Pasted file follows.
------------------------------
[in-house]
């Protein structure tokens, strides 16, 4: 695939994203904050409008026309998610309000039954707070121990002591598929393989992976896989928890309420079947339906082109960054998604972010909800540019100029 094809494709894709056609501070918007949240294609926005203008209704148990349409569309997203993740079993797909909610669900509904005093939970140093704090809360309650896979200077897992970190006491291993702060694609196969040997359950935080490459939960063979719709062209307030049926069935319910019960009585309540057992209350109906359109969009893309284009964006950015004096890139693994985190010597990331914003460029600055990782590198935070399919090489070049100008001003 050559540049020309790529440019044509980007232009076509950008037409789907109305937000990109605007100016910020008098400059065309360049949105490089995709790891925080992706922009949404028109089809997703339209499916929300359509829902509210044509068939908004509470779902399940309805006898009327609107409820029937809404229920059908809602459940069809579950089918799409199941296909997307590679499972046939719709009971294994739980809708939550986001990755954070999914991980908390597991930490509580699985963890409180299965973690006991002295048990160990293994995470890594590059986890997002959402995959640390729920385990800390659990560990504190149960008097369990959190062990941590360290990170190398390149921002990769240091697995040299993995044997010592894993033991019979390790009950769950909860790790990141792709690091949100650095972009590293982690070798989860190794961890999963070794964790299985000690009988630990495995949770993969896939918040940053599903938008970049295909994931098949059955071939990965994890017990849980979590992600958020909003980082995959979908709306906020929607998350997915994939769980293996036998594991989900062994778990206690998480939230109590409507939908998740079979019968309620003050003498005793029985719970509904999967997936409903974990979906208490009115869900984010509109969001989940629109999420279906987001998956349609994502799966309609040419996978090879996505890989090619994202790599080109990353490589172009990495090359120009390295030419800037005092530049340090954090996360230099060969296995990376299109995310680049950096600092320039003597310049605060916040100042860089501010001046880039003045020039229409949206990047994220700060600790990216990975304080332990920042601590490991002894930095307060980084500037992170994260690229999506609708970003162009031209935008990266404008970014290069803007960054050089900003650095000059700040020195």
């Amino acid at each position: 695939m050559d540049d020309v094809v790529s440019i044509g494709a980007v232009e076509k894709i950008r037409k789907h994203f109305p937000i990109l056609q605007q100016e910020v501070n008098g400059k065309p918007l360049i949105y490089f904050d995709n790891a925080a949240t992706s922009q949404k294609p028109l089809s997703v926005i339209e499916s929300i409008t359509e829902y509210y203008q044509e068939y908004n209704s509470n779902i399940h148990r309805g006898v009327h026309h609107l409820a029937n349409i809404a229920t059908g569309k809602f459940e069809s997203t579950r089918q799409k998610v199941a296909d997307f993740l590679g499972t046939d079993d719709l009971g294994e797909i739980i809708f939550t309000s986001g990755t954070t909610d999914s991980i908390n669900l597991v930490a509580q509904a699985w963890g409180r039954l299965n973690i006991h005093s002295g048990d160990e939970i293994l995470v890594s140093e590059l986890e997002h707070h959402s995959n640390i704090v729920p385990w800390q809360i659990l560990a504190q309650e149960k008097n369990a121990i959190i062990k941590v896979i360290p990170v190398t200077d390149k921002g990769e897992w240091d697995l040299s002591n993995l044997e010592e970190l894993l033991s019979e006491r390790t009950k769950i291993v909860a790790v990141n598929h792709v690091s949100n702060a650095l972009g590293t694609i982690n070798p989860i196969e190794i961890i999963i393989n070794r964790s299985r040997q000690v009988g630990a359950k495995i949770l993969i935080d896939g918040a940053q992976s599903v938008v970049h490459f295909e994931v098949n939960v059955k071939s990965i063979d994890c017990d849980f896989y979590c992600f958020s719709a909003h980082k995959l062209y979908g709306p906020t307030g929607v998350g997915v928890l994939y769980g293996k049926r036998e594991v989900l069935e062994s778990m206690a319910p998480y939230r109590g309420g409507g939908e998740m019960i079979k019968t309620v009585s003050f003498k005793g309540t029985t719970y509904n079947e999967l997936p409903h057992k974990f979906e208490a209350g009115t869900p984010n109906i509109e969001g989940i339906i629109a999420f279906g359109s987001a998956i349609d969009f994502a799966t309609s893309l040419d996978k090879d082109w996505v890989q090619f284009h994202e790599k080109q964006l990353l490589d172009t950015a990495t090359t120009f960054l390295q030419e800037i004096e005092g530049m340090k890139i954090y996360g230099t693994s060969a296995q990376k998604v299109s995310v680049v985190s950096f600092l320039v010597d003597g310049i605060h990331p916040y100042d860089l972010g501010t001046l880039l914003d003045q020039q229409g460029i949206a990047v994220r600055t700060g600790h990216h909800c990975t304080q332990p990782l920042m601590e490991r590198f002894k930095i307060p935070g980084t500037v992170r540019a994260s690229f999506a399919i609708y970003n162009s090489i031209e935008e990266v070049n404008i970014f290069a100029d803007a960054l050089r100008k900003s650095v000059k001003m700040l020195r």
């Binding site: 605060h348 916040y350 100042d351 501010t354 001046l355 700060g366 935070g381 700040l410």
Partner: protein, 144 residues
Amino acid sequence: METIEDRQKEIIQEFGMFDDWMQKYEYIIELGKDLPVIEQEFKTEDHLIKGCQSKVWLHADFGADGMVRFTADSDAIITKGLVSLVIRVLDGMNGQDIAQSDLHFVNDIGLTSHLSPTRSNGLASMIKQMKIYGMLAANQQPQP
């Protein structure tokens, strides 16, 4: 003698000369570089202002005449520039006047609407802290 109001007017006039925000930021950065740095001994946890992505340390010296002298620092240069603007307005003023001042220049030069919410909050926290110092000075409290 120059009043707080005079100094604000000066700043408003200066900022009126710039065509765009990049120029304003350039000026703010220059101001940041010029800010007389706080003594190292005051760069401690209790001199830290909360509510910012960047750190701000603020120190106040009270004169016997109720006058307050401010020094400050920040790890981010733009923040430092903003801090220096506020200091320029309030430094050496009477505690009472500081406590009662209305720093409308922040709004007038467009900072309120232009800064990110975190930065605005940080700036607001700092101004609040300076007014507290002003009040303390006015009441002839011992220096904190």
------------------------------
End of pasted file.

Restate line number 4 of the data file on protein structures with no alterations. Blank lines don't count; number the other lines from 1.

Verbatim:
């Binding site: 605060h348 916040y350 100042d351 501010t354 001046l355 700060g366 935070g381 700040l410």